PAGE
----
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  • ebbe

    Don’t you just love it when the same group of people argue…

    “Disc brakes are no better at stopping/slowing you than rim brakers, because all you’ll do is skid your wheels”
    “Disc brakes are better at stopping/slowing you, but we don’t need better stopping any way”
    “Disc brakes are better at stopping/slowing you, and we need better stopping, but we all need better stopping/slowing at the same time”
    While they’re riding in groups of 200 guys ranging van 60kg to 85kg, who’ve been on a wide variety of pads, rims and brakes (some of which are known to be utterly inferior in terms of stopping/slowing) for years

    …and use all of the above arguments simultaneously and interchangeably

    Anyway, it’s good there’s now finally some sense being spoken in this discussion, because the longer this discussion went on, the more it was beginning to look like those nonsensical 90s rider protests against helmets (of all things) and their imaginary mortal dangers to rider safety.

    https://youtu.be/c01t5JhNZxE?t=2m14s

    • Wily_Quixote

      I quite like the ‘preventative safety measures’ that need to be carried out on better brakes.

      Aren’t disc brakes ‘preventative safety measures’ for braking carbon rimmed bikes in the wet – and dry, for that matter?

      • ebbe

        Well, that’s not contradictory though. Seat belts in your car can save your life in a crash. However, if you d(r)ive your car into (deep) water, they might actually kill you. It all depends on the scenario. Any solution is usually a trade off between minusses and plusses. It’s up the engineers to come up with plusses better and reduce the minusses.

        What I was talking about is saying (at the same time): “Seat belts are unnecessary because an old fashioned piece of string will do” AND “Seat belts are much safer than a piece of string and can safe your life in a crash, but we need to look into the dangers if you drive into a river”. The latter is absolutely true and worth working on, but the former is just hysteria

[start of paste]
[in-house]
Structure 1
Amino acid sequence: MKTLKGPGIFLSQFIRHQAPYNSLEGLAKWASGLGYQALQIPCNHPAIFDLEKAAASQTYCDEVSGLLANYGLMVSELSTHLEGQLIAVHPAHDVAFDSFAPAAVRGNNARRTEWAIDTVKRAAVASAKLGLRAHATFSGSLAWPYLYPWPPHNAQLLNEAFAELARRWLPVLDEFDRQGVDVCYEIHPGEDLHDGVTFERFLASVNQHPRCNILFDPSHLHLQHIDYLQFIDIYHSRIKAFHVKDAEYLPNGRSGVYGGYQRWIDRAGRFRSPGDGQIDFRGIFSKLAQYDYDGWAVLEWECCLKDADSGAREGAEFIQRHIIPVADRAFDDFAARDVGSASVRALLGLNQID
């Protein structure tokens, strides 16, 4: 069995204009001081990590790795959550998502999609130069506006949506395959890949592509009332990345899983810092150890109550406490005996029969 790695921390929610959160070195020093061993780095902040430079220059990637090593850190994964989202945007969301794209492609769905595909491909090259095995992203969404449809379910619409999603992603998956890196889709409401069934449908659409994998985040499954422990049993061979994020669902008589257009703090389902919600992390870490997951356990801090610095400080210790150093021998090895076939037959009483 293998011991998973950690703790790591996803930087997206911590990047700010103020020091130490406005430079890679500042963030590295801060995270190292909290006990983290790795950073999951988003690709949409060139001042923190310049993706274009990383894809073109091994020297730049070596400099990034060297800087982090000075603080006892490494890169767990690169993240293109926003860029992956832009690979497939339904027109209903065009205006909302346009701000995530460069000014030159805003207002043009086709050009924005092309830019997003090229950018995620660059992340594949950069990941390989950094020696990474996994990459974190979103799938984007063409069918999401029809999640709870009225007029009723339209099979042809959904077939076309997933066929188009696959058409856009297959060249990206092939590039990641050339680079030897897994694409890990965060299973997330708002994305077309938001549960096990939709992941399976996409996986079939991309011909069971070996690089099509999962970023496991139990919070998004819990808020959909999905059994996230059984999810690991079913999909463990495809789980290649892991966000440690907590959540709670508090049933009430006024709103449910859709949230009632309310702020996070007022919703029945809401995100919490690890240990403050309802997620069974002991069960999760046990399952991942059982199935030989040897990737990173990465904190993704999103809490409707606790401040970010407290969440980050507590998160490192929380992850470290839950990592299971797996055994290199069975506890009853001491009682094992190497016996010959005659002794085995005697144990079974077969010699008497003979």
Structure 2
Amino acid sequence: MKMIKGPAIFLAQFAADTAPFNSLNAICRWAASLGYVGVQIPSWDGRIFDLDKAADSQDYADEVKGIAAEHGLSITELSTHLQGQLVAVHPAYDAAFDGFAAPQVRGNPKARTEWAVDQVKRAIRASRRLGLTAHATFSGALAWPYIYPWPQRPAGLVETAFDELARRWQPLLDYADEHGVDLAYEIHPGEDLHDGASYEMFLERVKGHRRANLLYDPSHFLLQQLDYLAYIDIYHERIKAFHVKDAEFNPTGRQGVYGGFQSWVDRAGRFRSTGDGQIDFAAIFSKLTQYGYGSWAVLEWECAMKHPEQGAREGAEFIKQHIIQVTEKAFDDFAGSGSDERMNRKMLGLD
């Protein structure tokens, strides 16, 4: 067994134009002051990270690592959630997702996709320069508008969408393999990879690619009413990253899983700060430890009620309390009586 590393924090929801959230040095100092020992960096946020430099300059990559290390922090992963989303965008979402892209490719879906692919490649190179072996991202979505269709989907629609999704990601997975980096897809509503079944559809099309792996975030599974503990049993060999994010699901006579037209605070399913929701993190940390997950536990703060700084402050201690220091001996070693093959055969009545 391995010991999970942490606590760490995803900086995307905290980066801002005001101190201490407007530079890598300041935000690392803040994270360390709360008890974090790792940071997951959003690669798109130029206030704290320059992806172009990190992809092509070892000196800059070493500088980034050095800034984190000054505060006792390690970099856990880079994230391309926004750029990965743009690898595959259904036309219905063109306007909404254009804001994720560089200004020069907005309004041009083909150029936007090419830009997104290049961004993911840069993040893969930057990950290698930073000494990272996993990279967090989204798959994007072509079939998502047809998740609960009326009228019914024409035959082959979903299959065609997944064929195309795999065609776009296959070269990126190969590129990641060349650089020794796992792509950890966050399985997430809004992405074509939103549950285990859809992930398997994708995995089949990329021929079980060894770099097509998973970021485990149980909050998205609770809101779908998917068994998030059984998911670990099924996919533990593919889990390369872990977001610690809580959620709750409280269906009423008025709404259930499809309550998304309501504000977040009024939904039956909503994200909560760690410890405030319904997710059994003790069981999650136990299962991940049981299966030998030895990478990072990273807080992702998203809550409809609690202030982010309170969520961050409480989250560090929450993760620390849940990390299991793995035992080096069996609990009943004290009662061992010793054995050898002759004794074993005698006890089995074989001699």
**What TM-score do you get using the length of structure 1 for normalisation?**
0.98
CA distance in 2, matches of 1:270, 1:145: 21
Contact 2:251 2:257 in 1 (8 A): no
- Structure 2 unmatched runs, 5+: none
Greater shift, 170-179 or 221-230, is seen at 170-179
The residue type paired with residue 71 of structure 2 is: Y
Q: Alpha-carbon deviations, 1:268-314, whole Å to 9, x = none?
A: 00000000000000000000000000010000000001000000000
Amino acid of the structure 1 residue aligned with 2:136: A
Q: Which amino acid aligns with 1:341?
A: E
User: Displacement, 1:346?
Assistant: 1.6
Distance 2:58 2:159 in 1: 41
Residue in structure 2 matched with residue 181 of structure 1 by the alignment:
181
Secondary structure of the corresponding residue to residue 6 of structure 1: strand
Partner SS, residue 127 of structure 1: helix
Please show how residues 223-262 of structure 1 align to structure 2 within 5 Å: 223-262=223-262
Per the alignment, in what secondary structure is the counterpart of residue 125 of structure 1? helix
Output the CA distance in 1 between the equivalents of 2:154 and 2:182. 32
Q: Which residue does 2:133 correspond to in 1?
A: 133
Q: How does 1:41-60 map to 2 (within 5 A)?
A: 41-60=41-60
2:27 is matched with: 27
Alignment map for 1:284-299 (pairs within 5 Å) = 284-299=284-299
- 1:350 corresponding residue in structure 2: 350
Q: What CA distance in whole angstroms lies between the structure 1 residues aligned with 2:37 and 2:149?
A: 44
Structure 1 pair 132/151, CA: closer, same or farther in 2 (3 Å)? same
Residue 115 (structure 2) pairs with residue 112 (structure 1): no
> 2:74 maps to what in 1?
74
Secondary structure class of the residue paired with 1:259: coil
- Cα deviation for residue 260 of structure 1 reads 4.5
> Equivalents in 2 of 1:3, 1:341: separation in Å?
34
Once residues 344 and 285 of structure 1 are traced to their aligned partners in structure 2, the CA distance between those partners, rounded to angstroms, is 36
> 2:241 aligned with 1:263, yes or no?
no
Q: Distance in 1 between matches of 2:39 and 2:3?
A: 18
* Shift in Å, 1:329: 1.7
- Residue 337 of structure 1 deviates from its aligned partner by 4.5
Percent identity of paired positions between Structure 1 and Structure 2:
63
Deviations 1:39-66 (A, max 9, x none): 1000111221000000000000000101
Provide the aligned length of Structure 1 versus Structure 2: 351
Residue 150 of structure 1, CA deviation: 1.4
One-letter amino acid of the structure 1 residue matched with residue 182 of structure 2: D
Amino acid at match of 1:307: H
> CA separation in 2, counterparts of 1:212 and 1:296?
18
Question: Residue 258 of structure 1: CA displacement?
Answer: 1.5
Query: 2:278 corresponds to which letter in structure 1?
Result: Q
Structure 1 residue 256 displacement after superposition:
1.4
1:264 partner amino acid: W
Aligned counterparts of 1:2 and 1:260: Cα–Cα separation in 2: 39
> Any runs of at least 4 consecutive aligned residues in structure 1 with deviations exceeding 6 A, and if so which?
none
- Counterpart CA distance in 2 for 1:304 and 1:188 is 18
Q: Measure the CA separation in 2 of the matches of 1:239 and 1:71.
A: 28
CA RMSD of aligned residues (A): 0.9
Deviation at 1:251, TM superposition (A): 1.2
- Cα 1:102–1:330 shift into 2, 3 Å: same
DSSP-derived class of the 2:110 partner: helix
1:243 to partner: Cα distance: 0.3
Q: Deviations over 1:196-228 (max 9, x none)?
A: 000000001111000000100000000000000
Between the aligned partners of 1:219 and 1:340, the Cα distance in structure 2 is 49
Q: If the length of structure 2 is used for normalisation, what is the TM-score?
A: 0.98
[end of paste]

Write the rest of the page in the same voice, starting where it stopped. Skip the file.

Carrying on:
• Chris 987654

    Do we really want those stunning sweeping shots of the peloton flying through a medieval town in tuscany to be spoilt buy the aesthetic abomination that are disc brakes?

    • Carytb

      Yes

    • Wily_Quixote

      So….. carbon fibre bikes look appropriate in mediaeval Tuscan streets?

      shouldn’t the riders be on horses if you are that worried about chronological and aesthetic congruity?

      • Chris 987654

        The aesthetic incongruity, there are plenty a beautiful modern bikes which complement the vistas in cycling and contribute to the beautiful ensemble. Discs are just a blight on the landscape.

        • Wily_Quixote

          You’d rather that pro’s had poorer safety equipment just to satisfy an anachronistic view of cycling?
          You must really hate them wearing helmets, too.
          Perhaps you should lobby for the return of the penny farthing. They were so handsome in those wool plus fours and jaunty caps.

    • Hazy78

      I love the look of disc brakes on bikes, the frames look much cleaner. Disc brakes are amazing.

  • alexvalentine

    If disc brakes offered a competitive advantage for road cycling pro riders would be adopting them without issue. The cycling industry is pushing discs hard to sell new stuff. Look at most of the new bike reviews on this site and other outlets, pretty much all disc all the time. Why would I want to INCREASE DRAG and ADD WEIGHT to road bike in order to improve the ability to slow my bike in bad weather conditions? Most amatuer riders are going to Zwift when its pouring rain out.

    • ebbe

      Complete disc brake bikes can easily be made within the UCI bike weight limit. Therefore, disc brakes don’t add weight (for any racer that needs to adhere to UCI weight limits).